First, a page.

Journal of Emergencies, Trauma, and Shock
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Year : 2013  |  Volume : 6  |  Issue : 3  |  Page : 186-188

Splenectomy in a Nigerian Teaching Hospital: A comparison of sonographic correlation with intra-operative findings in trauma

1 Department of Surgery, College of Medicine, University of Ibadan; University College Hospital, Ibadan, Nigeria
2 University College Hospital, Ibadan; Department of Radiology, College of Medicine, University of Ibadan, Ibadan, Nigeria
3 Department of Surgery, University College Hospital, Ibadan, Nigeria

Correspondence Address:
Oludolapo Afuwape
Department of Surgery, College of Medicine, University of Ibadan; University College Hospital, Ibadan
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Source of Support: None, Conflict of Interest: None

DOI: 10.4103/0974-2700.115336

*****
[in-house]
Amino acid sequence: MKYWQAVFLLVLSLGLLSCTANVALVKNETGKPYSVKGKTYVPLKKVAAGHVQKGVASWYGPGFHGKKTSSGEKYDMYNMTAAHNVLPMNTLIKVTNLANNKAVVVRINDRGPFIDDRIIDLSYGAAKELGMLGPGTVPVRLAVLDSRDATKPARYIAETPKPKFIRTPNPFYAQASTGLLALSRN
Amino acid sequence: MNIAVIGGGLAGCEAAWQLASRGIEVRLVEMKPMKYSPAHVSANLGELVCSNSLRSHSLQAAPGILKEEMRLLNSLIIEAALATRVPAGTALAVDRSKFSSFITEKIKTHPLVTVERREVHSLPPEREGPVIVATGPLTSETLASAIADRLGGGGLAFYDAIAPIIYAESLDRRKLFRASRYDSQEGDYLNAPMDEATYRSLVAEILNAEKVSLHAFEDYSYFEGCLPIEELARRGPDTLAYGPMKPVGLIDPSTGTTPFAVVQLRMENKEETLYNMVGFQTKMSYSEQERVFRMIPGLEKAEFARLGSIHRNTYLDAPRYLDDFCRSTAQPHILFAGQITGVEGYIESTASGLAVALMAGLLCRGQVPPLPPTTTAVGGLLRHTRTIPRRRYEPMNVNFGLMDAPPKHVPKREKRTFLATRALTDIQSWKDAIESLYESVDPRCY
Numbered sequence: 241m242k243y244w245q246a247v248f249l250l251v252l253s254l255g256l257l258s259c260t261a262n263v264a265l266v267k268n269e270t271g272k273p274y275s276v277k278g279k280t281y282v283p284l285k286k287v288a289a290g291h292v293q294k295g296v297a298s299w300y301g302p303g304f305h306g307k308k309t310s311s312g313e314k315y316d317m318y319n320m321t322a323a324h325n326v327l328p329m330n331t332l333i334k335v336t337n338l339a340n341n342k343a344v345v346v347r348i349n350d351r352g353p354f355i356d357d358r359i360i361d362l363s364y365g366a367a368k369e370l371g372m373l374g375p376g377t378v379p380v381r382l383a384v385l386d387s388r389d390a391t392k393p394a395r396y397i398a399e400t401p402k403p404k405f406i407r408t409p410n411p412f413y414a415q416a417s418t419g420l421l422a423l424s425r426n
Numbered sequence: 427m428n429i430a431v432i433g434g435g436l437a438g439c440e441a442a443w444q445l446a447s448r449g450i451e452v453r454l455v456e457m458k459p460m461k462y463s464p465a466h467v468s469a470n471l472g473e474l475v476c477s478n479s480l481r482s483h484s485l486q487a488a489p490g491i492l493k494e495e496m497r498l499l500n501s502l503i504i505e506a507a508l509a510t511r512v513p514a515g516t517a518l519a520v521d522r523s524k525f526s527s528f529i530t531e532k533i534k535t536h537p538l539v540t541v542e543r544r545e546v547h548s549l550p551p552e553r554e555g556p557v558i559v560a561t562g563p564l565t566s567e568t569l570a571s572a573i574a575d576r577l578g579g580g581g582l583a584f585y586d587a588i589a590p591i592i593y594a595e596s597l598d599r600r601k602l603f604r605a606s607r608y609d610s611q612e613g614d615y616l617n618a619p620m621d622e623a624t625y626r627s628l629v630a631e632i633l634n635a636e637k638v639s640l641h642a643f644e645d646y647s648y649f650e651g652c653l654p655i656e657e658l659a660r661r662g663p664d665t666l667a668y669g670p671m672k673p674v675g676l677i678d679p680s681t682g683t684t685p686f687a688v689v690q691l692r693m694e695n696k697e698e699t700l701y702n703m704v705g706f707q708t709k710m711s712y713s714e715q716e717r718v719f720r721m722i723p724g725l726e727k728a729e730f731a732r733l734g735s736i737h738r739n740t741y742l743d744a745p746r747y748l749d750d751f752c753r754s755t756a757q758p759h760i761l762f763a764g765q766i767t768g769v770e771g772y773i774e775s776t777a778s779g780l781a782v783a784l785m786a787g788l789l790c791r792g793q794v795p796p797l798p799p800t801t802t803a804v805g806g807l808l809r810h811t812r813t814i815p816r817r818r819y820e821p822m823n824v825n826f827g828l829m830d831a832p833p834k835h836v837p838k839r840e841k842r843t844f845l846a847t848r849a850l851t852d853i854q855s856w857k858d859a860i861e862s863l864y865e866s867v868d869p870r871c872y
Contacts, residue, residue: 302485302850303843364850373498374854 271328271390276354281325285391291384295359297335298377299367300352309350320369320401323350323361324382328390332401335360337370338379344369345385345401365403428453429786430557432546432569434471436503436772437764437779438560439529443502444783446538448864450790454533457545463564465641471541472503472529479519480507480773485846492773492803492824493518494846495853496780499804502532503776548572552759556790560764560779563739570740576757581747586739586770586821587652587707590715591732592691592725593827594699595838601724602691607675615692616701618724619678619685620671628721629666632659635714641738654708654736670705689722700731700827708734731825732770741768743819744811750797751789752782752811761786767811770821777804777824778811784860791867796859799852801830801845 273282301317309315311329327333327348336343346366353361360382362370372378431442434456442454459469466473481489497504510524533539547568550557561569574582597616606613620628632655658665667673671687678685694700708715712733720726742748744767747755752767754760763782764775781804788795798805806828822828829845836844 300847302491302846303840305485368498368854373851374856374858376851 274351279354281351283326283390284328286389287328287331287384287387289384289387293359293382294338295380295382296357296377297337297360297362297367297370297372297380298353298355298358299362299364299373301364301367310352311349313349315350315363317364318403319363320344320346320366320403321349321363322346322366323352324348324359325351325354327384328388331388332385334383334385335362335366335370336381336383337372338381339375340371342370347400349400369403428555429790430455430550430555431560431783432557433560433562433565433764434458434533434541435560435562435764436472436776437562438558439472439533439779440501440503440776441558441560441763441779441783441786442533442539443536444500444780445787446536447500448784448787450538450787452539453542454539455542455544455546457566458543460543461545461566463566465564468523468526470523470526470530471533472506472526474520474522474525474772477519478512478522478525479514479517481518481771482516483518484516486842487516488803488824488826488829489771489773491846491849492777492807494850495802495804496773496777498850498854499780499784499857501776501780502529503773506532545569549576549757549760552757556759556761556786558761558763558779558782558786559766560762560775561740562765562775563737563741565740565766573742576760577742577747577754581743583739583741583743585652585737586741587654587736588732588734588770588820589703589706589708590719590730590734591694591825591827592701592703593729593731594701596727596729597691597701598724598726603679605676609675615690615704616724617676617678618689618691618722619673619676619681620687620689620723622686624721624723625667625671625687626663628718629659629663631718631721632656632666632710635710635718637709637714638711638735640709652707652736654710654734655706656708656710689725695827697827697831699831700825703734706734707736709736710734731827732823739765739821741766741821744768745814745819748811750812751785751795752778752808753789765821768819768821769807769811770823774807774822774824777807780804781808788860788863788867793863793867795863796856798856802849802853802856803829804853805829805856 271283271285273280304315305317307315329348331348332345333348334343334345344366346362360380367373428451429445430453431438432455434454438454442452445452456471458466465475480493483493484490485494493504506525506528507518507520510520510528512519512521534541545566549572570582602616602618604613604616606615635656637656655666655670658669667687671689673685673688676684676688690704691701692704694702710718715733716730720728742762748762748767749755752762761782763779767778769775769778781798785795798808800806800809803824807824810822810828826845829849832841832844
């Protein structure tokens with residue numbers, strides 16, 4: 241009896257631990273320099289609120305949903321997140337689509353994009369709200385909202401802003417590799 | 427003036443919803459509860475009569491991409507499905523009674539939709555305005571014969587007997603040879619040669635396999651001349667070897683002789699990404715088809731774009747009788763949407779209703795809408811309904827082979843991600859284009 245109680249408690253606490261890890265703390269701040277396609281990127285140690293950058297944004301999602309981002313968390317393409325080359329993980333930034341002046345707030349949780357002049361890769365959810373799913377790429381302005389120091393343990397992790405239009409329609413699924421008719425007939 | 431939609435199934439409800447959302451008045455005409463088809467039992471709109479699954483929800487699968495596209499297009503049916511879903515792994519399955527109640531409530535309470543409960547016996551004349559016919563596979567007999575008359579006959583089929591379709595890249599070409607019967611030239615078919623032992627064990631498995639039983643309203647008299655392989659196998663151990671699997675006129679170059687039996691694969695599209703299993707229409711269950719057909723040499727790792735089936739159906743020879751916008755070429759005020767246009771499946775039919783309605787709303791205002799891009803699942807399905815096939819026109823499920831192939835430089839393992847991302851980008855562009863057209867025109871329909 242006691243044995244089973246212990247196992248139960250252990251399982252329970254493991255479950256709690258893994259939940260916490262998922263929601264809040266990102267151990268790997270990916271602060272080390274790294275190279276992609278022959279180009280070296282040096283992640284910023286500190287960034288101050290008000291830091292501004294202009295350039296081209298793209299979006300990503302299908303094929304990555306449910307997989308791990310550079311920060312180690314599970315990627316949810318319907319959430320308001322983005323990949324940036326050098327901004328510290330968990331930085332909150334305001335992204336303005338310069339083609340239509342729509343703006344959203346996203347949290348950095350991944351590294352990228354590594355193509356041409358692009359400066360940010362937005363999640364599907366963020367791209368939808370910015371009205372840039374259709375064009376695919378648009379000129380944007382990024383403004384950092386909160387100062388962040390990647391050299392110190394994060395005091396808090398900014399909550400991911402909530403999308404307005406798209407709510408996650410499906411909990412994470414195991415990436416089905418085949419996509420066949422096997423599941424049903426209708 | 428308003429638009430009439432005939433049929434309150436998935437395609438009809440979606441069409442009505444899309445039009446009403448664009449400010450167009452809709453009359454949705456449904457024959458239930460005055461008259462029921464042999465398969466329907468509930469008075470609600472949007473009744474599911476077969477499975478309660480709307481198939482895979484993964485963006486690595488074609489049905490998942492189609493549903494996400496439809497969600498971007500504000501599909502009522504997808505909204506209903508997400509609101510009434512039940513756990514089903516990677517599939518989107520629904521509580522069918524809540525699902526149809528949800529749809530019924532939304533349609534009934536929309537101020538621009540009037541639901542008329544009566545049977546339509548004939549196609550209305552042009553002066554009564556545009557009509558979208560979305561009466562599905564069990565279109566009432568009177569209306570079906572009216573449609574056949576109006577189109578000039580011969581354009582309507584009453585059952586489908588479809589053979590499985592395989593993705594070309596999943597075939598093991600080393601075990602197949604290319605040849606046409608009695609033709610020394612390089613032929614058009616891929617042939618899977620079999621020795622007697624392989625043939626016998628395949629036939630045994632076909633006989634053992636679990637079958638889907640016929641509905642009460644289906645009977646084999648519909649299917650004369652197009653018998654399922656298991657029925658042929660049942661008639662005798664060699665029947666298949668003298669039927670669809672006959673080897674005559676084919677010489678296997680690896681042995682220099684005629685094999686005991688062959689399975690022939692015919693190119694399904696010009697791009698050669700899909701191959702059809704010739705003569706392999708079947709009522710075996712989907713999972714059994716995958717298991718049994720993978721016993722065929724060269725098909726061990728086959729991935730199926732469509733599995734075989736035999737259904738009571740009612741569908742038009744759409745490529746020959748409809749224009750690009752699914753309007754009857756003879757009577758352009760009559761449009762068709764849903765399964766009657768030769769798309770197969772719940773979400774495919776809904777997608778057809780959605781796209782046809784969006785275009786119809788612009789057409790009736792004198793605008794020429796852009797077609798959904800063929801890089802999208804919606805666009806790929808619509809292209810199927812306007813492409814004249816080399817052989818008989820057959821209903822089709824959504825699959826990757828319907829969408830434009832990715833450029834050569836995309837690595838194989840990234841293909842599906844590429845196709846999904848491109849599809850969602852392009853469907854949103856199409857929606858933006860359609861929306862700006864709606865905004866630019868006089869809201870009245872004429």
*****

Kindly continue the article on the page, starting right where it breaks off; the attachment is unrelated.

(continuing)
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Background: Missed or inappropriately-treated splenic injury is a significant cause of preventable trauma-related death. Physical examination and abdominal ultrasonography are essential tools for early diagnosis of splenic injury. However, some injuries may not be accurately diagnosed by ultrasonography at initial evaluation. Aim: The aim of this study was to audit indications for splenectomy at the University College Hospital, Ibadan and to compare the intra-operative findings in trauma-related cases with the sonographic findings. Materials and Methods: We retrospectively reviewed all adult (12 years and older) patients' records who had splenectomy between July 2003 and June 2010. The data extracted included patient demographics and indications for splenectomy. In trauma cases, the mode of injury and vital signs at presentation, sonographic findings, and operation findings were recorded. The intervals between injury and sonography and duration to surgery were also noted respectively. Results: Eighty-four patients were reviewed in the 7-year review period. The male to female ratio was approximately 2:1. The ages ranged from 14 to 76 years with a peak incidence in the third decade. Elective indications for splenectomy were 14 (16.6%), while 70 (83.3%) were emergency cases. Forty-four of the trauma-related patients had pre-operative abdominal ultrasound, of which 31 (70%) was reported as sonographically normal prior to surgery, while the rest of the trauma-related cases were considered too ill for ultrasonography. Conclusion: Potentially significant injuries may be missed with screening sonography. For this reason, a physician must maintain a high index of suspicion and consider the patient's clinical status or an alternative imaging modality in excluding a diagnosis of splenic injury.

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